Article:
Opinion

Let the people vote on this constant parade of funding requests

We all now know why 14 of the 28 regional districts across the province do not have a regional grants-in-aid program.

They are simply to difficult to control when the need is great and the will power is weak.

The long list of historic and recent grant-in-aid dependents is being added to by a pleading for a regional arts and culture stipend — say a few hundred thousand a year, give or take a quarter-million here or there.

Does it sound good? Visionary?

That depends on how you feel about your property tax bill. The regional arts and culture manager, paid out of the Cowichan Theatre budget,  see’s a need for a greater and expanded  programming?

How much is already invested yearly in arts and culture at the theatre, and beyond? In 2013 the subsidy requisition was $1.174 million in property taxes from a slew of major and minor funding partners. — nearly two-thirds of the regional district member jurisdictions.

That’s right, $1,174 million, and rising year in, year out. Pretty artsy, quite cultured already, no?

Some would double that sum, particularly the steak and lobster crowd. Some would cut that in half — the hamburger and beans crowd. It depends on your priorities and your capacity to pay the bill.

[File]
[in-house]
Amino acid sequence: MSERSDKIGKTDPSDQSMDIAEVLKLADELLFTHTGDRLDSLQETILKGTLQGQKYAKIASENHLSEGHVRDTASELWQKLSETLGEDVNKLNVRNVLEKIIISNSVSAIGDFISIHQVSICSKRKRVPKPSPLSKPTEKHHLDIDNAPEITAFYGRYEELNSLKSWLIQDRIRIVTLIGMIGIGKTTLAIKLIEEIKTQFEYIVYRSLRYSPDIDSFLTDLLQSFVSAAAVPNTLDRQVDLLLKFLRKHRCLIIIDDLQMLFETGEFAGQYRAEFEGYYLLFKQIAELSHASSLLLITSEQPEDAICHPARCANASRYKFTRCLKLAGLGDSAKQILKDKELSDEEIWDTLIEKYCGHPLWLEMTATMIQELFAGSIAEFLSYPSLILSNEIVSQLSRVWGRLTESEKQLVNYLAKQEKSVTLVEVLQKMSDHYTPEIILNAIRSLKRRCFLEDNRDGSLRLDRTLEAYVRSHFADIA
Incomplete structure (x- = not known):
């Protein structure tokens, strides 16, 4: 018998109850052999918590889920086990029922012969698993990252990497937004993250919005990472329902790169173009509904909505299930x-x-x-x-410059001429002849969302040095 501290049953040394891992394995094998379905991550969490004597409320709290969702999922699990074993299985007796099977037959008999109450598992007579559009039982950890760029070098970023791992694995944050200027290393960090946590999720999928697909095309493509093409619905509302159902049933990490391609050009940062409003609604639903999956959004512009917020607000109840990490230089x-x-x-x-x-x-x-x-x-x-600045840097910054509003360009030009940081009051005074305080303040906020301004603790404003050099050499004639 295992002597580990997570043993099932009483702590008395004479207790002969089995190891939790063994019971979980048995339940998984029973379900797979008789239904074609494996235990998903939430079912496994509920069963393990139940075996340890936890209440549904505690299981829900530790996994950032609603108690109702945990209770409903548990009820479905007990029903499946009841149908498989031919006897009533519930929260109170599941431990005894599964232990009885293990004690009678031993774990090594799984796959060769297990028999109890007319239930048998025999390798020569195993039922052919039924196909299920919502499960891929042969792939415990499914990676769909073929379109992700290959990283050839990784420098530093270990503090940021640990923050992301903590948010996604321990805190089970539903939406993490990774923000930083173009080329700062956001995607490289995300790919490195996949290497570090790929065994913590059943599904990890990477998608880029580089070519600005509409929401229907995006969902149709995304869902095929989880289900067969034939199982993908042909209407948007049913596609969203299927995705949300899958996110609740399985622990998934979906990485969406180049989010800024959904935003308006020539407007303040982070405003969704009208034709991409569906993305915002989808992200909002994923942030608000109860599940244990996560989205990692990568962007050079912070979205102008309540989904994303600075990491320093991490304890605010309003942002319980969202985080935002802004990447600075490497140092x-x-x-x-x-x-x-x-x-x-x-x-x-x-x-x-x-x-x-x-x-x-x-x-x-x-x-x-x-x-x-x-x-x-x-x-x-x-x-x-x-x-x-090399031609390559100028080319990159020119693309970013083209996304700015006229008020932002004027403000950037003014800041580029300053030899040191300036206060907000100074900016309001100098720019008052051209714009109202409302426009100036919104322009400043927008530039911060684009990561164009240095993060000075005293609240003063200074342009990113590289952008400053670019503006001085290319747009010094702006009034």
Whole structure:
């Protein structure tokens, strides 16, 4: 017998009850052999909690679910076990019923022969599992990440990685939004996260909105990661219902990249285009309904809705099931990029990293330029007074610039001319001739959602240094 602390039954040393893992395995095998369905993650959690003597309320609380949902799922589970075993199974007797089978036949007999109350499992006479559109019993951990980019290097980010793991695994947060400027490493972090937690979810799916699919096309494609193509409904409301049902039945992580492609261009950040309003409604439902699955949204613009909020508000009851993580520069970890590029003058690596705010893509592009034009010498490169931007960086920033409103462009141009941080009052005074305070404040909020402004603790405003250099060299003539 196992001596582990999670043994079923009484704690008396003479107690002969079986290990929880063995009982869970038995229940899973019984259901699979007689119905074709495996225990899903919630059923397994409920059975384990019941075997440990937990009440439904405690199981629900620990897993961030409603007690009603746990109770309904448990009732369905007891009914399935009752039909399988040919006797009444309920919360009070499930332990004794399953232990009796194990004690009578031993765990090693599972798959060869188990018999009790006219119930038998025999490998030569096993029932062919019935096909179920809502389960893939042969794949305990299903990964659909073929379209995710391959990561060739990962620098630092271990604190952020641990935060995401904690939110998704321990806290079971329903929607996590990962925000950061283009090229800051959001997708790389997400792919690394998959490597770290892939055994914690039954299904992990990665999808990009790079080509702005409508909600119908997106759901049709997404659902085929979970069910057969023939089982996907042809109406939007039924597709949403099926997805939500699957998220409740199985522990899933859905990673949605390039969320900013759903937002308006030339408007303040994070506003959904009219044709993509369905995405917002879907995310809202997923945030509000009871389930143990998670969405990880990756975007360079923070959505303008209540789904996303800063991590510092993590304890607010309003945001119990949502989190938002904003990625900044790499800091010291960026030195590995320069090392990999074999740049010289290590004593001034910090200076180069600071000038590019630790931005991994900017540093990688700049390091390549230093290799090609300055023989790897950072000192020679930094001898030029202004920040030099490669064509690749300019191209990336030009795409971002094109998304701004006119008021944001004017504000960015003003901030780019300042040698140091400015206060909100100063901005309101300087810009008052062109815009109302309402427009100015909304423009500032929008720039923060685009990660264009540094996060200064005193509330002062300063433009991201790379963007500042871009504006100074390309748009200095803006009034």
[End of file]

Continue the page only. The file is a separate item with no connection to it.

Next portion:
It appears, and correctly, that there are several entities that are grant-in-aid dependent, with great need and no structured funding. They will have to ask the public at the next election, by referendum: will you feed me money year in year out going forward by creating a funding function under the Local Government Act?

They are the Cowichan Valley Arts Council partnered with the arts and culture program, the B.C. Forest Discovery Centre, Cowichan Green Community, the Cowichan Sportsplex, (my favourite) the Cowichan Hospice Society. As well, in Area E, the Cowichan Aquatic Centre is wanting about 250% more than we now pay — a truly unique referendum.

That’s right, about six or seven referendum questions, on separate funding requests, are likely on the ballot next election. Will that list grow or shrink? Who knows? By jurisdiction? By region? All in on some proposed functions, some out on some proposed functions?

I digress with this, but the Alternative Approval Process is a non-starter in my opinion.

Directors are being asked to play Santa or Scrooge each year with the ever expanding, and repetitive regional grant-in-aid requests. Soon it will be the electorate in the fall of 2014 who will get a say, by ballot.

I literally can’t wait for the answers, one way or another.

Let the chips of ‘yes’ and ‘no’ fall where they may, democratically — all six or seven of them.

Loren Duncan is the Cowichan Valley Regional District director Area “E”, Cowichan Station-Sahtlam-Glenora

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